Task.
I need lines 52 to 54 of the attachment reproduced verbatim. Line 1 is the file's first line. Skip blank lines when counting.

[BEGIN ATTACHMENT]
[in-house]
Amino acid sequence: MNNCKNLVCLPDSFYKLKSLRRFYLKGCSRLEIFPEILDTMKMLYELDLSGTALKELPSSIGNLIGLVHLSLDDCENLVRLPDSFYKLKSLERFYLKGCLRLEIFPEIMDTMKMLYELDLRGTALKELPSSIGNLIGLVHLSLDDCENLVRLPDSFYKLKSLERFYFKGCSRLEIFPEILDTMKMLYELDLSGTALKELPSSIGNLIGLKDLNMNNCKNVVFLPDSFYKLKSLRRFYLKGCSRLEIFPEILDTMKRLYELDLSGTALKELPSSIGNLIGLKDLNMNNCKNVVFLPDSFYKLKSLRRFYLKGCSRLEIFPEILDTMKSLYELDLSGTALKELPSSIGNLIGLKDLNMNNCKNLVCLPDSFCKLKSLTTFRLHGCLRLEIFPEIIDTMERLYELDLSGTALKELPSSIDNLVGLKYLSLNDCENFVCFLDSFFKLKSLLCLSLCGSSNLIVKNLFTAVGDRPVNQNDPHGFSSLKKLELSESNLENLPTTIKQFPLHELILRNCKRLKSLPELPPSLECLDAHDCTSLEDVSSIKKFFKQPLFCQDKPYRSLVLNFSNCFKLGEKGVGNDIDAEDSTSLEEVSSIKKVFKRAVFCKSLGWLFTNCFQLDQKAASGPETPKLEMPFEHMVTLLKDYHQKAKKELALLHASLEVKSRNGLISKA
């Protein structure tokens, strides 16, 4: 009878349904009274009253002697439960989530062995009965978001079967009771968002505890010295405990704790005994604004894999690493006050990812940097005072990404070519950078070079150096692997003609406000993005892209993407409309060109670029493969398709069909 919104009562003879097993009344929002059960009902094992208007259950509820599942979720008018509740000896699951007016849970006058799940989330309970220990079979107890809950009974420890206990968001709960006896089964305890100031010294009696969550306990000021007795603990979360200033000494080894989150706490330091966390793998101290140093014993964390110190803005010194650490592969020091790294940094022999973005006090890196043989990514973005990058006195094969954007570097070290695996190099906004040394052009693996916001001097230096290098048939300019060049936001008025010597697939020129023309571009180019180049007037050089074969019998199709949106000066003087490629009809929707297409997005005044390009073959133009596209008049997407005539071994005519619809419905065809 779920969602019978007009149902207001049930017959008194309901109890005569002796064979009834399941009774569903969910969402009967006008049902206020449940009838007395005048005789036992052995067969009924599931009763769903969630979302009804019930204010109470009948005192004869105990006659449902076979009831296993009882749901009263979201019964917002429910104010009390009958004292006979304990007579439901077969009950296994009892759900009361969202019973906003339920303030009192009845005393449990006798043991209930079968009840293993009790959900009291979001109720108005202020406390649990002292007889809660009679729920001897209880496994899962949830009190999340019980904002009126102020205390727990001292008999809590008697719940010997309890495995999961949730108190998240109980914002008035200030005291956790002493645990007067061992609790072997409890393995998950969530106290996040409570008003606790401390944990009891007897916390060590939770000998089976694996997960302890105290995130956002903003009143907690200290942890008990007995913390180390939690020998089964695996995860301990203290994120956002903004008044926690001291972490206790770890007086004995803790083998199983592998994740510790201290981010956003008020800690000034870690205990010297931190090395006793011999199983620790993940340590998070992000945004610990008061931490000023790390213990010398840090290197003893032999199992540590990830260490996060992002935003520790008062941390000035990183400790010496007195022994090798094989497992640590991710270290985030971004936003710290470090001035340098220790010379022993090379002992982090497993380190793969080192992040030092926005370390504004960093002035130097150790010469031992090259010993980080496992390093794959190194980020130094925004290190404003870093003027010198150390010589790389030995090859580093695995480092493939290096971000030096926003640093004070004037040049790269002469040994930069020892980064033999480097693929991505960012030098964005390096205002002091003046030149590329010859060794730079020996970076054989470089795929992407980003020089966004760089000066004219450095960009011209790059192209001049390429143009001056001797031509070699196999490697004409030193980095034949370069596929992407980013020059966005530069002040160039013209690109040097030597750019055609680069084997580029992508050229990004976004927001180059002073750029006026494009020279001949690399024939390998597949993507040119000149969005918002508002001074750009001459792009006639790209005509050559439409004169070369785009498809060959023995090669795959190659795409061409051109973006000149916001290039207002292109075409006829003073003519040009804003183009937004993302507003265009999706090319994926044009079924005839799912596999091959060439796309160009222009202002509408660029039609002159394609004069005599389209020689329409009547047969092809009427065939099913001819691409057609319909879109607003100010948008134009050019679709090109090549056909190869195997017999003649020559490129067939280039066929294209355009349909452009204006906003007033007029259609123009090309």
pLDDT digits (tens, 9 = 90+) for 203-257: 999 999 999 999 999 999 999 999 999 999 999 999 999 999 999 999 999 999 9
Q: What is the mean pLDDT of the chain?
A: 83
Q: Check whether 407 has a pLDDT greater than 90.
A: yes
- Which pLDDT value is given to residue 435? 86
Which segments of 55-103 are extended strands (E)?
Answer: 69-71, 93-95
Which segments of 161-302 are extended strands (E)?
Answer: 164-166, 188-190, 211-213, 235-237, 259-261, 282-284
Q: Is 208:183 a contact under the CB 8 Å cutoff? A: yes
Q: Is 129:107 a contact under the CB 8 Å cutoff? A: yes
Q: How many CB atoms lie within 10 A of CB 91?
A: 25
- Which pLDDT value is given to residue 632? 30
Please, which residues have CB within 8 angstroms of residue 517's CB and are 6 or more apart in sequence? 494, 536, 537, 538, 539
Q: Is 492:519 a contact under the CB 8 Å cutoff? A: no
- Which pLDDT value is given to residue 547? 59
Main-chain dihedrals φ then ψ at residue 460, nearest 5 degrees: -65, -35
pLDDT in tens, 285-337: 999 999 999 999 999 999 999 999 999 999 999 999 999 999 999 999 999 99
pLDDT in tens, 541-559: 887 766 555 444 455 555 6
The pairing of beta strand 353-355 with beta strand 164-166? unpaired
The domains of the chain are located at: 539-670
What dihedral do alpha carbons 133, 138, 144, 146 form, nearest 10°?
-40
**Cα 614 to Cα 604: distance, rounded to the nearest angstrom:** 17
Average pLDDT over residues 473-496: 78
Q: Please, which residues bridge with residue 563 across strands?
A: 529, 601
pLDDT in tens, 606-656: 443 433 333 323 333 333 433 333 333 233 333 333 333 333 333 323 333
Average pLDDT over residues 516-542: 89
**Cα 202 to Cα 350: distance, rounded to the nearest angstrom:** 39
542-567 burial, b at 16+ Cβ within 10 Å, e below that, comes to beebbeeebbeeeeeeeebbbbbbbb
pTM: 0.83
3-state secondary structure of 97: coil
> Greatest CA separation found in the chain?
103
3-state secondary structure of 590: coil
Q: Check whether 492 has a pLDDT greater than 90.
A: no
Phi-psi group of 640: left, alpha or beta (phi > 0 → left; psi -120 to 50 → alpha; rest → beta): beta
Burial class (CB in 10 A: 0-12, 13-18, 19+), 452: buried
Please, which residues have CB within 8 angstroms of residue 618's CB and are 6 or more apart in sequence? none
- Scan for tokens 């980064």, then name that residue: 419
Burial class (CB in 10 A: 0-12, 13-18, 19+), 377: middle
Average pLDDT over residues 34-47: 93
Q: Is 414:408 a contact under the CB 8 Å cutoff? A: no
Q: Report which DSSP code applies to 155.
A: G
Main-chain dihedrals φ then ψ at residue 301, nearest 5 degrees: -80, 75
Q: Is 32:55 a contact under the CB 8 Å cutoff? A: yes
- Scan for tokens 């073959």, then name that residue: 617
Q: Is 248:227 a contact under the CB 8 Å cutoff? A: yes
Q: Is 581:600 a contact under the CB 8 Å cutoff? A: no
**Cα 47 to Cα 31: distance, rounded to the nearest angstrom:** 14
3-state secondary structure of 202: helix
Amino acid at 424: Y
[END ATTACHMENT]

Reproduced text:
A: G
Main-chain dihedrals φ then ψ at residue 301, nearest 5 degrees: -80, 75
Q: Is 32:55 a contact under the CB 8 Å cutoff? A: yes